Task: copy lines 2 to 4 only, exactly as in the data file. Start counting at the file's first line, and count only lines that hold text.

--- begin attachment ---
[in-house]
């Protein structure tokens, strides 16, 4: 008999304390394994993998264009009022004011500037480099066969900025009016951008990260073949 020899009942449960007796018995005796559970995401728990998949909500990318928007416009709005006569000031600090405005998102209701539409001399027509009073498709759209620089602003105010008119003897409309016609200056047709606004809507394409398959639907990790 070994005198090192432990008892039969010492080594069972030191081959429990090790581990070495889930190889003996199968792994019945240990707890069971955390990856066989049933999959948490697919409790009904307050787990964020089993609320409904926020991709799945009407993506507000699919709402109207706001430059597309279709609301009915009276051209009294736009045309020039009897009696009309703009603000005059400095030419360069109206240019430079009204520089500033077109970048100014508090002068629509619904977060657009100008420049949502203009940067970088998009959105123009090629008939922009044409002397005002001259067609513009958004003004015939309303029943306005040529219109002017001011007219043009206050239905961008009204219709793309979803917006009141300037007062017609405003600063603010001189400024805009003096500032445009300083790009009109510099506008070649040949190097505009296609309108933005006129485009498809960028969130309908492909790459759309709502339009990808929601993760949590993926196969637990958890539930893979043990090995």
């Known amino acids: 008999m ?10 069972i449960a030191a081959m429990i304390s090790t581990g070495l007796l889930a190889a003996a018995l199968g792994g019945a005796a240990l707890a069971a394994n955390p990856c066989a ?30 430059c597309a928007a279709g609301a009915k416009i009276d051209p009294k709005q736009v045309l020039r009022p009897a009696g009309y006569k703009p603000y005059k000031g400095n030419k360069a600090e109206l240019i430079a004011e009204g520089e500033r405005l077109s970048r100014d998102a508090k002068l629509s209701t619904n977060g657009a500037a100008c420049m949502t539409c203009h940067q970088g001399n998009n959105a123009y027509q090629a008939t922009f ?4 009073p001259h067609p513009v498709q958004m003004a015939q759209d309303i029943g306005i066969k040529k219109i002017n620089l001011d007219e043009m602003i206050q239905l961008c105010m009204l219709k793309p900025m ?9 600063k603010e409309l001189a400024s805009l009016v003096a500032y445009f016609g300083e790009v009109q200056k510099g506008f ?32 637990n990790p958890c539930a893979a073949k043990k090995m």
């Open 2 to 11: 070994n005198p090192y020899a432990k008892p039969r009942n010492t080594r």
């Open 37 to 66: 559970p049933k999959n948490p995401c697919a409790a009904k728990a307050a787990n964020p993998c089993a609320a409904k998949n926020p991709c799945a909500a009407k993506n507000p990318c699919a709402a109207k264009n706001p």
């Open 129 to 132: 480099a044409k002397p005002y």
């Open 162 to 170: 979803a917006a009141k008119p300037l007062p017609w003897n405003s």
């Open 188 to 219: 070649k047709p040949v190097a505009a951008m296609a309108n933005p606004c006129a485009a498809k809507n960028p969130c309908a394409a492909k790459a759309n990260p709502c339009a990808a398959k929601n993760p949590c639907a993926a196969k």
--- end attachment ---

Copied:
């Protein structure tokens, strides 16, 4: 008999304390394994993998264009009022004011500037480099066969900025009016951008990260073949 020899009942449960007796018995005796559970995401728990998949909500990318928007416009709005006569000031600090405005998102209701539409001399027509009073498709759209620089602003105010008119003897409309016609200056047709606004809507394409398959639907990790 070994005198090192432990008892039969010492080594069972030191081959429990090790581990070495889930190889003996199968792994019945240990707890069971955390990856066989049933999959948490697919409790009904307050787990964020089993609320409904926020991709799945009407993506507000699919709402109207706001430059597309279709609301009915009276051209009294736009045309020039009897009696009309703009603000005059400095030419360069109206240019430079009204520089500033077109970048100014508090002068629509619904977060657009100008420049949502203009940067970088998009959105123009090629008939922009044409002397005002001259067609513009958004003004015939309303029943306005040529219109002017001011007219043009206050239905961008009204219709793309979803917006009141300037007062017609405003600063603010001189400024805009003096500032445009300083790009009109510099506008070649040949190097505009296609309108933005006129485009498809960028969130309908492909790459759309709502339009990808929601993760949590993926196969637990958890539930893979043990090995």
């Known amino acids: 008999m ?10 069972i449960a030191a081959m429990i304390s090790t581990g070495l007796l889930a190889a003996a018995l199968g792994g019945a005796a240990l707890a069971a394994n955390p990856c066989a ?30 430059c597309a928007a279709g609301a009915k416009i009276d051209p009294k709005q736009v045309l020039r009022p009897a009696g009309y006569k703009p603000y005059k000031g400095n030419k360069a600090e109206l240019i430079a004011e009204g520089e500033r405005l077109s970048r100014d998102a508090k002068l629509s209701t619904n977060g657009a500037a100008c420049m949502t539409c203009h940067q970088g001399n998009n959105a123009y027509q090629a008939t922009f ?4 009073p001259h067609p513009v498709q958004m003004a015939q759209d309303i029943g306005i066969k040529k219109i002017n620089l001011d007219e043009m602003i206050q239905l961008c105010m009204l219709k793309p900025m ?9 600063k603010e409309l001189a400024s805009l009016v003096a500032y445009f016609g300083e790009v009109q200056k510099g506008f ?32 637990n990790p958890c539930a893979a073949k043990k090995m």
């Open 2 to 11: 070994n005198p090192y020899a432990k008892p039969r009942n010492t080594r």